Cal­i­for­nia wild­fire kills 5 try­ing to flee in ve­hi­cles

The Sun News - - Front Page - BY DON THOMP­SON AND PAUL ELIAS

Five peo­ple were found dead in their burned-out ve­hi­cles af­ter a North­ern Cal­i­for­nia wild­fire in­cin­er­ated most of a town of about 30,000 peo­ple with flames that moved so fast there was noth­ing fire­fight­ers could do, au­thor­i­ties said Fri­day.

Only a day af­ter it be­gan, the blaze near the town of Par­adise had grown to nearly 110 square miles and was burn­ing com­pletely out of con­trol.

“There was re­ally no fire­fight in­volved,” Capt. Scott McLean of the Cal­i­for­nia Depart­ment of Forestry and Fire Pro­tec­tion said, ex­plain­ing that crews gave up at­tack­ing the flames and in­stead helped peo­ple get out alive. “Th­ese fire­fight­ers were in the res­cue mode all day yes­ter­day.”

With fires also burn­ing in South­ern Cal­i­for­nia, state of­fi­cials put the to­tal num­ber of peo­ple forced from their homes at 157,000. Evac­u­a­tion orders in­cluded the en­tire city of Mal­ibu, which is home to 13,000, among them some of Hol­ly­wood’s big­gest stars.

Thou­sand Oaks, Calif., a city reel­ing from the tragedy of a mass shoot­ing, was un­der a siege of a dif­fer­ent sort Fri­day as rag­ing wild­fires on both sides of the city forced evac­u­a­tions and shut down part of the main free­way to town.

Flames driven by pow­er­ful winds torched dozens of hill­side homes in South­ern Cal­i­for­nia, burn­ing parts of tony Cal­abasas and man­sions in Mal­ibu and forc­ing tens of thou­sands of peo­ple to flee as the fire marched across the Santa Mon­ica Moun­tains to­ward the sea. The cause of the blazes was not known.

For Thou­sand Oaks, which had been con­sid­ered one of the safest cities in the na­tion be­fore a gun­man mas­sa­cred 12 peo­ple at a coun­try mu­sic bar, the spasm of vi­o­lence jolted the city’s sense of se­cu­rity. En­croach­ing flames, de­spite the nearcon­stant threat of fire in the bone-dry state, pre­sented an en­tirely dif­fer­ent haz­ard.

“It’s dev­as­tat­ing. It’s like ‘wel­come to hell,’ ” res­i­dent Cyn­thia Ball, said about the duel dis­as­ters out­side the teen cen­ter that is serv­ing as a shel­ter for evac­uees. “I don’t even know what to say. It’s like we’re all walk­ing around kind of in a trance.”

When Par­adise was evac­u­ated, the order set off a des­per­ate ex­o­dus in which many mo­torists got stuck in grid­locked traf­fic and aban­doned their ve­hi­cles to flee on foot. Peo­ple re­ported see­ing much of the com­mu­nity go up in flames, in­clud­ing homes, super­mar­kets, busi­nesses, restau­rants, schools and a re­tire­ment cen­ter.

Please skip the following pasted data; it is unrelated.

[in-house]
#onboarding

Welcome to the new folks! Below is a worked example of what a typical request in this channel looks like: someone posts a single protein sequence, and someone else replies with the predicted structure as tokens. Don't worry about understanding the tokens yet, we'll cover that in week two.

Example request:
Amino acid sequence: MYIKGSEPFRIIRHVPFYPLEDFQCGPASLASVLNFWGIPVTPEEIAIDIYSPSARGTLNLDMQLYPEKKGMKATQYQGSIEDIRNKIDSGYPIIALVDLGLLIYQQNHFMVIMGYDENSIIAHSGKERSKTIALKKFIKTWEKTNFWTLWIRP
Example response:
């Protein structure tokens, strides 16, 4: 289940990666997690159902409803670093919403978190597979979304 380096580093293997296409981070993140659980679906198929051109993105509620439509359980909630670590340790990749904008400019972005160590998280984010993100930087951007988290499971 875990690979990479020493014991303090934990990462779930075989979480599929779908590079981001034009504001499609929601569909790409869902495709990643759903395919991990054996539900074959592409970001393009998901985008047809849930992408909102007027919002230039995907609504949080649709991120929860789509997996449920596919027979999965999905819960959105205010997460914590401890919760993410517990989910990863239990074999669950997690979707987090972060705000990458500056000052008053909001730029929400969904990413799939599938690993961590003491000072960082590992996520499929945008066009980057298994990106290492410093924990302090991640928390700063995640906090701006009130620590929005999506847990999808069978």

Ru­ral ar­eas fared lit­tle bet­ter. Many homes have propane tanks that were ex­plod­ing amid the flames. “They were go­ing off like bombs,” said Karen Au­day, who es­caped to a nearby town.

McLean es­ti­mated that the lost build­ings num­bered in the thou­sands in Par­adise, about 180 miles north­east of San Fran­cisco.

“Pretty much the com­mu­nity of Par­adise is de­stroyed. It’s that kind of dev­as­ta­tion,” he said.

The mas­sive blaze spread north Fri­day, prompt­ing of­fi­cials to order the evac­u­a­tion of Stir­ling City and In­skip, two com­mu­ni­ties north of Par­adise along the Sierra Ne­vada foothills.

The wind-driven flames also spread to the west and reached Chico, a city of 90,000 peo­ple. Fire­fight­ers were able to stop the fire at the edge of the city, Cal Fire Capt. Bill Mur­phy said.

There were no signs of life Fri­day on the road to Par­adise ex­cept for the oc­ca­sional bird chirp. A thick, yel­low haze from the fire hung in the air and gave the ap­pear­ance of twi­light in the mid­dle of the day.

Strong winds had blown the black­ened nee­dles on some ev­er­greens straight to one side. A scorched car with its doors open sat on the shoul­der.

At one burned-out house, flames still smol­dered in­side what ap­peared to be a weight room. The rub­ble in­cluded a pair of dumb­bells with the rub­ber melted off and the skele­tons of a metal pullup bar and other ex­er­cise equip­ment. The grass and elab­o­rate landscaping all around the brick and stucco home re­mained an emer­ald green. Red pool um­brel­las were furled near lounge chairs and showed not a singe on them.

Evac­uees from Par­adise sat in stunned si­lence Fri­day out­side a Chico church where they took refuge the night be­fore. They all had har­row­ing tales of a slow-mo­tion es­cape from a fire so close they could feel the heat in­side their ve­hi­cles as they sat stuck in a ter­ri­fy­ing traf­fic jam.

When the order came to evac­u­ate, it was like the en­tire town of 27,000 res­i­dents de­cided to leave at once, they said. Fire sur­rounded the evac­u­a­tion route, and driv­ers pan­icked.

Some crashed and oth­ers left their ve­hi­cles by the road­side.

“It was just a wall of fire on each side of us, and we could hardly see the road in front of us,” po­lice of­fi­cer Mark Bass said.

Con­cerned friends and fam­ily posted anx­ious mes­sages on Twit­ter and other sites, say­ing they were look­ing for loved ones, par­tic­u­larly se­niors who lived at re­tire­ment homes or alone.

About 20 of the same deputies who were help­ing to find and res­cue peo­ple lost their own homes, Sher­iff Kory Honea said.

“There are times when you have such rapid-mov­ing fires … no amount of plan­ning is go­ing to re­sult in a per­fect sce­nario, and that’s what we had to deal with here,” Honea told the Ac­tion News Net­work.

NEAL WA­TERS TNS

The Camp Fire rages through the town of Par­adise, Calif., in Butte County late Thurs­day. Dozens of busi­nesses and homes were de­stroyed as the fire moved faster than fire­fight­ers could re­act to it.

AL SEIB TNS

Fire smol­ders in a de­stroyed home in Thou­sand Oaks, Calif., on Fri­day morn­ing.

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